Powering up for treasure hunting in Alberta’s Lakeland

Geocaching brings travellers to Alberta’s Lakeland region to traverse the Iron Horse Trail by foot, ATV, snowmobile, bike or even horseback

by Jessica Kirby

Kameron Lefebvre crosses a ditch to get to Iron Horse Power Trail #12, illustrating just how far some people will go to find a geocache. Photo courtesy Vicky Lefebvre

Some things in Vegas may stay in Vegas, but when five enthusiastic treasure hunters from Alberta's Lakeland finish an ambitious geocaching project, Vegas will be left with one less claim to fame.

Danny Smyl, the president of the St. Paul Trailblazers snowmobile club, is an avid geocacher and one of five people in charge of building the world’s longest Geocache Power Trail—the Iron Horse Power Trail. When it is finished, thousands of geocaches will be hidden along 300 kilometres of prime ATVing and snowmobiling country on Alberta's Iron Horse Trail.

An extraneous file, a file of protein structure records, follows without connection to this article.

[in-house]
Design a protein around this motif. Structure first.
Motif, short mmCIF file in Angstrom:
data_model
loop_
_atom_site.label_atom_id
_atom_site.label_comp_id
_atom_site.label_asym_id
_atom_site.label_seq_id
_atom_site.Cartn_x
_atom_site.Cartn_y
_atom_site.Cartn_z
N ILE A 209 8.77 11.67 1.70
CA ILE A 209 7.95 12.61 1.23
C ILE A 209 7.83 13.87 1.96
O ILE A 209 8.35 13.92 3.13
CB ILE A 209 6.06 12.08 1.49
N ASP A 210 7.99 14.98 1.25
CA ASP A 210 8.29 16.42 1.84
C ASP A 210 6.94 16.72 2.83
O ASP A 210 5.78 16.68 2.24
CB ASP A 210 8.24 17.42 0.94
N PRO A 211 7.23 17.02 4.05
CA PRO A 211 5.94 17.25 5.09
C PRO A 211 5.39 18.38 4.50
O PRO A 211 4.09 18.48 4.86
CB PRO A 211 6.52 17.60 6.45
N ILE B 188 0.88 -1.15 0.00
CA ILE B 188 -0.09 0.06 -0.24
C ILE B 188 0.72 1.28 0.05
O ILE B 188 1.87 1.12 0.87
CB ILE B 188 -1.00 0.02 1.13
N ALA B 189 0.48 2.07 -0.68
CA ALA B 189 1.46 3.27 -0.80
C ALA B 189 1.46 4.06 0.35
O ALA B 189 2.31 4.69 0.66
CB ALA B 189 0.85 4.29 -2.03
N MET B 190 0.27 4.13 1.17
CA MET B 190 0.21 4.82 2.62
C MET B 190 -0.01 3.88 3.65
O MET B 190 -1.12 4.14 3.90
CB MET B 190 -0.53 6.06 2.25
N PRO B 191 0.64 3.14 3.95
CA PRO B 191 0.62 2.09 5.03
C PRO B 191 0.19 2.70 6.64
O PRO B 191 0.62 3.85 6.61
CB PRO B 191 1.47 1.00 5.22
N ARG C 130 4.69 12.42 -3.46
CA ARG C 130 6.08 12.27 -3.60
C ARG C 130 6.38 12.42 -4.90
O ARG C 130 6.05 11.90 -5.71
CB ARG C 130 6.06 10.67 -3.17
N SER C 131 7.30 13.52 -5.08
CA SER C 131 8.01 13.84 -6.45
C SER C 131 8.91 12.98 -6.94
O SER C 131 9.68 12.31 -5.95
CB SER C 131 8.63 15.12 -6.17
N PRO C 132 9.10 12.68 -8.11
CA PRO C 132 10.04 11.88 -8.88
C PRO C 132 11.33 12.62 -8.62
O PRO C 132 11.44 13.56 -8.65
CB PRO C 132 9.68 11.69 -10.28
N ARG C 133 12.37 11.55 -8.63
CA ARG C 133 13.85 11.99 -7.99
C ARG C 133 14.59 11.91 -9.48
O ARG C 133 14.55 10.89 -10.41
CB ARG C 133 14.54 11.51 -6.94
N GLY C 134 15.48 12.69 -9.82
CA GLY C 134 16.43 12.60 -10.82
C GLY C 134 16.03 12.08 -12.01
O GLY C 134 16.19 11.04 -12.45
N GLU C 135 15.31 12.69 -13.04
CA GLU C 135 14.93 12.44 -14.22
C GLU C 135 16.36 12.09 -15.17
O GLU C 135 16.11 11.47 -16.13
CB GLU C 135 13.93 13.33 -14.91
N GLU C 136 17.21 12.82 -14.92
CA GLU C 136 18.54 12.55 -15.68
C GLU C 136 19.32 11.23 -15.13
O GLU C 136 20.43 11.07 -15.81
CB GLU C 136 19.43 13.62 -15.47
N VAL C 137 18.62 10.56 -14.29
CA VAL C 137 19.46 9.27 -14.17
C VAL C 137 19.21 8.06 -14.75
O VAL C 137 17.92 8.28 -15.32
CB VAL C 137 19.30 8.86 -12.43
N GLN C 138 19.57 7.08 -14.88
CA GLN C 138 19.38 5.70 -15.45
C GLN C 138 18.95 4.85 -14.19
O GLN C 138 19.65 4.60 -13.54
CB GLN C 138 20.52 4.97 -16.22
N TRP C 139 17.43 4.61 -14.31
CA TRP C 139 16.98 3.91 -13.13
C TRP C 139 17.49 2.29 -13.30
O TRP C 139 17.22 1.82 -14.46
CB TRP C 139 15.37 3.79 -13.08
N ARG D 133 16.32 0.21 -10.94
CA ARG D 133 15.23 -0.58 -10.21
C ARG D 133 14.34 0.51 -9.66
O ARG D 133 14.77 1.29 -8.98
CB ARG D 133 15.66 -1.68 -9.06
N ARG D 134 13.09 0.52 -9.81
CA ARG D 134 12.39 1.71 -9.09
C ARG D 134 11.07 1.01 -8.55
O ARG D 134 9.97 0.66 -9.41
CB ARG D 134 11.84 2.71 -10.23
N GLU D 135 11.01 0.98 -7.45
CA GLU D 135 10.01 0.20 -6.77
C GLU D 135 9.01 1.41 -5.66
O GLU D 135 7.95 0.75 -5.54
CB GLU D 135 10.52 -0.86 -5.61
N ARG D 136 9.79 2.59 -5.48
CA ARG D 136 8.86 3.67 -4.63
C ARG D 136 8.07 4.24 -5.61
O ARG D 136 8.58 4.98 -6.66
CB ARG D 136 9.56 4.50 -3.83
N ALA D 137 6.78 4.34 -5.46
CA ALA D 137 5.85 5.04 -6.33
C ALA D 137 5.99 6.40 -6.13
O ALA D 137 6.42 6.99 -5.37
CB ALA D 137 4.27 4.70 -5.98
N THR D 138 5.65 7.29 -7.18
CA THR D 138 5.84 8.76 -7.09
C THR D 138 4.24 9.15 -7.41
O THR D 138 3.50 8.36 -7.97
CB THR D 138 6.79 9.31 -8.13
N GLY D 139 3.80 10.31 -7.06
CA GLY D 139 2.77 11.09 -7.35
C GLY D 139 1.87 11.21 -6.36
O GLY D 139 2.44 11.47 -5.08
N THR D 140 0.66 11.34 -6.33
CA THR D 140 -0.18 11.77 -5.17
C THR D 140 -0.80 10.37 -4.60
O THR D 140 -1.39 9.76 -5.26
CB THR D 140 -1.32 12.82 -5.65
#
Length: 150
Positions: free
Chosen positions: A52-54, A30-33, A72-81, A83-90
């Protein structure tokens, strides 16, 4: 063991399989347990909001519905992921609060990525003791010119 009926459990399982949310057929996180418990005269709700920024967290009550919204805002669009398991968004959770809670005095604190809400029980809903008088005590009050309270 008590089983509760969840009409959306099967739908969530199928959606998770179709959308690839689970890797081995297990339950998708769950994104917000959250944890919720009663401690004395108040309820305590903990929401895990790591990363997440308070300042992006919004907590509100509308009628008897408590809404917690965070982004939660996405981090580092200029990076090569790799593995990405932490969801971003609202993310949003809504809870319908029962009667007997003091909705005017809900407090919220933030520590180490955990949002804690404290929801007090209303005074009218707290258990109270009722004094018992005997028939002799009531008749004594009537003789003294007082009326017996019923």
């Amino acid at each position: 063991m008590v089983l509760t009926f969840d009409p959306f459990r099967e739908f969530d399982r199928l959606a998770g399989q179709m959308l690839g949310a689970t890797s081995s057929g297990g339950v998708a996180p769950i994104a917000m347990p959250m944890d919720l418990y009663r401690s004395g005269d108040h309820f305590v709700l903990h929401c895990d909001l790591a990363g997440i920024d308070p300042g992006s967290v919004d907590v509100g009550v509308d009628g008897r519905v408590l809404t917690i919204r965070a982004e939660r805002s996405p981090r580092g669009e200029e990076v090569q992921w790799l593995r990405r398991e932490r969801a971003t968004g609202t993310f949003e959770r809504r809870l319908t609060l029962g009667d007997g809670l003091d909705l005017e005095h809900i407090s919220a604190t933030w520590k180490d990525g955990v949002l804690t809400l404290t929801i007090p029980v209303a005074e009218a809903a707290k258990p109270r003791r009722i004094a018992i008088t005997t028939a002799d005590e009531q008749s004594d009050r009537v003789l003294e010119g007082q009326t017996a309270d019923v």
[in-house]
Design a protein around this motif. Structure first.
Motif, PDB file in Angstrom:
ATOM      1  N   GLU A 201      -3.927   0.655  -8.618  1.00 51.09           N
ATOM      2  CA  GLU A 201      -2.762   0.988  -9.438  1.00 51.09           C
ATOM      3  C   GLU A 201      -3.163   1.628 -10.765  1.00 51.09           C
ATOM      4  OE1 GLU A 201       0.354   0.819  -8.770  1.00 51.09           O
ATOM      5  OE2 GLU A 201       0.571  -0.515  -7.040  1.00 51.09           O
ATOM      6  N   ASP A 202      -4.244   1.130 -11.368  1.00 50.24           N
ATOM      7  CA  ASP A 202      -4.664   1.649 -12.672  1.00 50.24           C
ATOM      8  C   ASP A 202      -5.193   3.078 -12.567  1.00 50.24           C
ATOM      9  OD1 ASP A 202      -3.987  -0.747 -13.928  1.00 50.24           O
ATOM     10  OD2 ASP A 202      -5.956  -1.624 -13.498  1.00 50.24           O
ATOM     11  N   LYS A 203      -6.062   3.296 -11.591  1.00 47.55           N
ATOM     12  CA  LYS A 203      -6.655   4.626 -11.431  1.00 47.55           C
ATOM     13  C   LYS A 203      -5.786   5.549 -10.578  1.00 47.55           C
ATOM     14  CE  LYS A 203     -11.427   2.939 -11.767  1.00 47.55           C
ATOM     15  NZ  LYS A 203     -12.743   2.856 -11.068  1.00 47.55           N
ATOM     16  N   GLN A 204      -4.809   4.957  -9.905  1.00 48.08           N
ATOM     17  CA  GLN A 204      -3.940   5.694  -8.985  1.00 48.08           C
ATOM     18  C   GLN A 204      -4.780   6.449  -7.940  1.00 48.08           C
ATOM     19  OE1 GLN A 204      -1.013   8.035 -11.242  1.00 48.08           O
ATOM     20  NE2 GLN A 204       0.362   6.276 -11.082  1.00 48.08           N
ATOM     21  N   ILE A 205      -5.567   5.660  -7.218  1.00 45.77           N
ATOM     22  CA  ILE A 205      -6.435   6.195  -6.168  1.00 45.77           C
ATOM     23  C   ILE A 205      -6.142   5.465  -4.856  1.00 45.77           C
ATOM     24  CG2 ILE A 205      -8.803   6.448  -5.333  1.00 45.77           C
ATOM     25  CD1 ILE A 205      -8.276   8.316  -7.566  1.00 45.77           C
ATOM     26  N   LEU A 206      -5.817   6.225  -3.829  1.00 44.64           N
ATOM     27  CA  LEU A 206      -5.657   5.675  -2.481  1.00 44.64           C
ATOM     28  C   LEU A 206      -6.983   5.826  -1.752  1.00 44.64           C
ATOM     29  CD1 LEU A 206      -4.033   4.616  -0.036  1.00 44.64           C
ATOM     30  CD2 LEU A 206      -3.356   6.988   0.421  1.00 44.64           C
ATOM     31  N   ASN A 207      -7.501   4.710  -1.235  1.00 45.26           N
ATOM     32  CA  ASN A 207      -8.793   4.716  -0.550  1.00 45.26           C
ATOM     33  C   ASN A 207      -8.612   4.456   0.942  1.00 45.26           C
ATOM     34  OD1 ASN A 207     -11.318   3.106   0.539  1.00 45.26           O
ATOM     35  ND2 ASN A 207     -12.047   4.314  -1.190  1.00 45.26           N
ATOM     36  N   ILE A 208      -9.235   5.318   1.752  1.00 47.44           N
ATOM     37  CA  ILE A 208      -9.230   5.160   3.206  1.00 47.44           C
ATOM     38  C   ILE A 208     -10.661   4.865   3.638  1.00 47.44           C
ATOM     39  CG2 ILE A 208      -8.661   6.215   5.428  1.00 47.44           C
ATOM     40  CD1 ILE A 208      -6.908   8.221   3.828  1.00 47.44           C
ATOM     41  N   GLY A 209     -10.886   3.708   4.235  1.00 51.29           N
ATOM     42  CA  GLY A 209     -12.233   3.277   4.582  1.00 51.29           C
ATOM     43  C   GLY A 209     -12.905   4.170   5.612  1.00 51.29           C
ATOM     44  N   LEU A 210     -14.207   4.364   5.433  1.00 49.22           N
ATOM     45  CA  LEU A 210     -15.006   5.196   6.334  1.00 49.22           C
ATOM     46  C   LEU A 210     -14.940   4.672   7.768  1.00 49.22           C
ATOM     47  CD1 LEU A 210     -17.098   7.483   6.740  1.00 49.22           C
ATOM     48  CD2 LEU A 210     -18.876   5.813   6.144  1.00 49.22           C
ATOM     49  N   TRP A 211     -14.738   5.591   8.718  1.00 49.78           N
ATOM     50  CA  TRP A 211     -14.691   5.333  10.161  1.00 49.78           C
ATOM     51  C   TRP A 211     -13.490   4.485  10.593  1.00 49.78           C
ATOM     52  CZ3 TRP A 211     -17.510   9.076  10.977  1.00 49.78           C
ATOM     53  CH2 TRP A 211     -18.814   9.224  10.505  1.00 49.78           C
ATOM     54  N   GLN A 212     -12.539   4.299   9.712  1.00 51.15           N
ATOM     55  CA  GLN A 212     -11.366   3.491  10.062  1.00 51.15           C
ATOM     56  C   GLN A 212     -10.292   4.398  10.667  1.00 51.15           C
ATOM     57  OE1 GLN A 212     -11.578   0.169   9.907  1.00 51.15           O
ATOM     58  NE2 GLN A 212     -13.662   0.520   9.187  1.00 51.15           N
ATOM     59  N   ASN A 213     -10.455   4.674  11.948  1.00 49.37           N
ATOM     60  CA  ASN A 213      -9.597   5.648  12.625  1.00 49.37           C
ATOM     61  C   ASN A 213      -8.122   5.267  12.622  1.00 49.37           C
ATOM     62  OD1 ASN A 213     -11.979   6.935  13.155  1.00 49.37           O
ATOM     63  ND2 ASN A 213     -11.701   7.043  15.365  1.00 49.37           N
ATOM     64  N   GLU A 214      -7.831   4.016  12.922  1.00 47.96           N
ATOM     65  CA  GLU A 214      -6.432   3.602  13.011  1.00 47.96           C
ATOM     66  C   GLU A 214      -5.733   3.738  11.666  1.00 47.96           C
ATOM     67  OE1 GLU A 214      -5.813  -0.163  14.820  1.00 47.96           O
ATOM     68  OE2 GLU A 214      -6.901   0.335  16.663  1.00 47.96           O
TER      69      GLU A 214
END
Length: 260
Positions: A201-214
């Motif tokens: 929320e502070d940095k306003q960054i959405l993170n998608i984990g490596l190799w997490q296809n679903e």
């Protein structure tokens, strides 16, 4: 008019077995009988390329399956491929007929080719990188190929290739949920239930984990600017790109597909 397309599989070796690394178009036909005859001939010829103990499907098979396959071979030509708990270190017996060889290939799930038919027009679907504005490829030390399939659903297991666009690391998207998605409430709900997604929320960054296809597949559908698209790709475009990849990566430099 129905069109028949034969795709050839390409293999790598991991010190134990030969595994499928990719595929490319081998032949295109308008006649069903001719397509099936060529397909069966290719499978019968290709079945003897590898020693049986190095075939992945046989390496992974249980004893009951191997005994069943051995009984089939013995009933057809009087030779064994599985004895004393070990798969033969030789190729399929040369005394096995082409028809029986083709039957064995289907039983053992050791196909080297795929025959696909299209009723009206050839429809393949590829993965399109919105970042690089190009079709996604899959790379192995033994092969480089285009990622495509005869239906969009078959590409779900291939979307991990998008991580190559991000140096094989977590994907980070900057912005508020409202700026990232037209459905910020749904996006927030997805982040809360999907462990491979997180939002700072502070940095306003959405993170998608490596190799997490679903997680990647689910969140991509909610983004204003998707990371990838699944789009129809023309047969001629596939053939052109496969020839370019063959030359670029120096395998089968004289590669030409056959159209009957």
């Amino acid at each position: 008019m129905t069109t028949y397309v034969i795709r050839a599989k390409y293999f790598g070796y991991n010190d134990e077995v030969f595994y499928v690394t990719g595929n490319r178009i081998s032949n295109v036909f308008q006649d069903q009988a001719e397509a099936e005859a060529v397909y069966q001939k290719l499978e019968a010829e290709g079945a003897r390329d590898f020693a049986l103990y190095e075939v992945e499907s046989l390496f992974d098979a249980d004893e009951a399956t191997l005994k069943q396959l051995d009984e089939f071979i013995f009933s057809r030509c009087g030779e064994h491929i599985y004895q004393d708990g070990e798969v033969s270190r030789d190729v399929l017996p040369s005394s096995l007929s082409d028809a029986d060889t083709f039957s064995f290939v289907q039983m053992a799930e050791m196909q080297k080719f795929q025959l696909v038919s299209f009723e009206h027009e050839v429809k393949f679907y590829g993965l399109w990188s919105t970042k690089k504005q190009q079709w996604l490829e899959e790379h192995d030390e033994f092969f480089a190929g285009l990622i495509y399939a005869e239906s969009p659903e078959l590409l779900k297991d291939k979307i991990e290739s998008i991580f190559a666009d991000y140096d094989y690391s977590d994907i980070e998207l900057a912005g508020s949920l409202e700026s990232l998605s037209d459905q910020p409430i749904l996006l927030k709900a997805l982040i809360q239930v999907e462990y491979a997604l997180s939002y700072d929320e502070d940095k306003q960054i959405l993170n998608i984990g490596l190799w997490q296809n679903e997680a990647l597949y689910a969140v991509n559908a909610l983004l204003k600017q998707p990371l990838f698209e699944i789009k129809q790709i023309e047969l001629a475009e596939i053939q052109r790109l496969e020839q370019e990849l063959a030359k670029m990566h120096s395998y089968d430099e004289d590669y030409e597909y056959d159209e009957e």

The group intends to place nearly 2,000 geocaches along the trail, stripping the current Power Trail champion—the E.T. Highway in central Nevada—of its worldly title, and leveraging the activity as a draw to the Lakeland region.

Smyl said geocaching is a remarkable tourist attraction because there are so many people worldwide that participate in it.

“People do trips just to do geocaches,” he said. “People like this location because they can book and rent quads or snow machines to ride the trail.”

Vicky and Gilles Lefebvre of the Lakeland Geochachers have just finished hiding caches along the first third of the Power Trail. Smyl and Marianne Price, administrative co-ordinator for the Iron Horse Trail, have taken on the second third—and Price and Vern Billey, president of the Smoky Lake Trail Twisters, are doing the third section.

It's a numbers game

A Power Trail is meant to offer easier, more closely spaced caches and is intended for cachers who want to get their numbers up, said Price. Spring and fall are currently the most popular times for geocaching, but winter draws its fair share of treasure hunters.